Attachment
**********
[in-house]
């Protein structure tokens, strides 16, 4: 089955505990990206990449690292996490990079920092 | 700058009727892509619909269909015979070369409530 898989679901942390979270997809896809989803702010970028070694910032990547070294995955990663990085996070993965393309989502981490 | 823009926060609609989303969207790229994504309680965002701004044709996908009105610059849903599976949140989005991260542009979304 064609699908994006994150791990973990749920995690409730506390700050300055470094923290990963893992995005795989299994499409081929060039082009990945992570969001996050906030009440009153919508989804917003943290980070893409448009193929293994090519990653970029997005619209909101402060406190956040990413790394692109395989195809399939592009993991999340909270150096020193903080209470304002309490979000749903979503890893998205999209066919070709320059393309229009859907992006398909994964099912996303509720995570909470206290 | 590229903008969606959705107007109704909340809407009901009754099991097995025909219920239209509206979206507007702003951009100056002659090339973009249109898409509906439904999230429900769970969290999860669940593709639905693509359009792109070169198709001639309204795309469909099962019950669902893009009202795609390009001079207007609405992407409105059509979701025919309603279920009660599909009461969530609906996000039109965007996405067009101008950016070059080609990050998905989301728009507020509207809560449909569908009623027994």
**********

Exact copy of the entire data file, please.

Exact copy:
[in-house]
């Protein structure tokens, strides 16, 4: 089955505990990206990449690292996490990079920092 | 700058009727892509619909269909015979070369409530 898989679901942390979270997809896809989803702010970028070694910032990547070294995955990663990085996070993965393309989502981490 | 823009926060609609989303969207790229994504309680965002701004044709996908009105610059849903599976949140989005991260542009979304 064609699908994006994150791990973990749920995690409730506390700050300055470094923290990963893992995005795989299994499409081929060039082009990945992570969001996050906030009440009153919508989804917003943290980070893409448009193929293994090519990653970029997005619209909101402060406190956040990413790394692109395989195809399939592009993991999340909270150096020193903080209470304002309490979000749903979503890893998205999209066919070709320059393309229009859907992006398909994964099912996303509720995570909470206290 | 590229903008969606959705107007109704909340809407009901009754099991097995025909219920239209509206979206507007702003951009100056002659090339973009249109898409509906439904999230429900769970969290999860669940593709639905693509359009792109070169198709001639309204795309469909099962019950669902893009009202795609390009001079207007609405992407409105059509979701025919309603279920009660599909009461969530609906996000039109965007996405067009101008950016070059080609990050998905989301728009507020509207809560449909569908009623027994």